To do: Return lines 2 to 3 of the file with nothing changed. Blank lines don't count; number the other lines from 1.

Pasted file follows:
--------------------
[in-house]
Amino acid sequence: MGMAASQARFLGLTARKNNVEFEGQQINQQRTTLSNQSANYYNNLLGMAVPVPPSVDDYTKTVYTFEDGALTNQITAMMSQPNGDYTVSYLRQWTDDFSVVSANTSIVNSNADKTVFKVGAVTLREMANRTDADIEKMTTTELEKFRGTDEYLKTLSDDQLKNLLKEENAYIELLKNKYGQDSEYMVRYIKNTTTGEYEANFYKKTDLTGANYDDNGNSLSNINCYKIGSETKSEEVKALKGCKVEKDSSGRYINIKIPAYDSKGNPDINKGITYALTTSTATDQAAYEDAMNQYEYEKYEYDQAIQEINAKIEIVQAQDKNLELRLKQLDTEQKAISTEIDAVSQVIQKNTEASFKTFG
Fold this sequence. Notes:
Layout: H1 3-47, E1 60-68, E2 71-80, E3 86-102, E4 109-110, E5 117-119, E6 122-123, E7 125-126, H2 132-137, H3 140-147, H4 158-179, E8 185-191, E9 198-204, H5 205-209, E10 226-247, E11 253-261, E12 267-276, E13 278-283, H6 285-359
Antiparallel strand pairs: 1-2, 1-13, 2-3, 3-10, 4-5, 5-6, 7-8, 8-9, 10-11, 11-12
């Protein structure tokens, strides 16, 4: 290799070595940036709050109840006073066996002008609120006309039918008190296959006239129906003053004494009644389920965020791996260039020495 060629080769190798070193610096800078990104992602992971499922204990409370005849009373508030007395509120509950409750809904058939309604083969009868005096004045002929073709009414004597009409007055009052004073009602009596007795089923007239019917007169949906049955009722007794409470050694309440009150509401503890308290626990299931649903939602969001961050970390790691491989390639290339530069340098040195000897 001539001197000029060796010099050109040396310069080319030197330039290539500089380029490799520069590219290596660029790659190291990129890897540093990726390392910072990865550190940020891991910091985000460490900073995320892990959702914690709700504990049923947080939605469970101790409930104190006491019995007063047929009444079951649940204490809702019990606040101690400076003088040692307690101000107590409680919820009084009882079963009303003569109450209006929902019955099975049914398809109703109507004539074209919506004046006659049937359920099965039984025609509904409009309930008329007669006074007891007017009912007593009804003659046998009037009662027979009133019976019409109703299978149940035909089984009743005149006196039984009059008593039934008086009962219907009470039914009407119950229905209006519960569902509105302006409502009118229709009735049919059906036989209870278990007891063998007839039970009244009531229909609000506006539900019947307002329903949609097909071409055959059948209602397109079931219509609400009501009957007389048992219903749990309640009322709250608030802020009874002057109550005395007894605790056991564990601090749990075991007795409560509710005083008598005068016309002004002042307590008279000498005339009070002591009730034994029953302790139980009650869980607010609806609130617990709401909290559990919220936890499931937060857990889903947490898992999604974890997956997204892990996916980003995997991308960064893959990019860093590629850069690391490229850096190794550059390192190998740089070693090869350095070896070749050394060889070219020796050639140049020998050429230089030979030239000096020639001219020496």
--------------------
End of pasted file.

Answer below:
Amino acid sequence: MGMAASQARFLGLTARKNNVEFEGQQINQQRTTLSNQSANYYNNLLGMAVPVPPSVDDYTKTVYTFEDGALTNQITAMMSQPNGDYTVSYLRQWTDDFSVVSANTSIVNSNADKTVFKVGAVTLREMANRTDADIEKMTTTELEKFRGTDEYLKTLSDDQLKNLLKEENAYIELLKNKYGQDSEYMVRYIKNTTTGEYEANFYKKTDLTGANYDDNGNSLSNINCYKIGSETKSEEVKALKGCKVEKDSSGRYINIKIPAYDSKGNPDINKGITYALTTSTATDQAAYEDAMNQYEYEKYEYDQAIQEINAKIEIVQAQDKNLELRLKQLDTEQKAISTEIDAVSQVIQKNTEASFKTFG
Fold this sequence. Notes: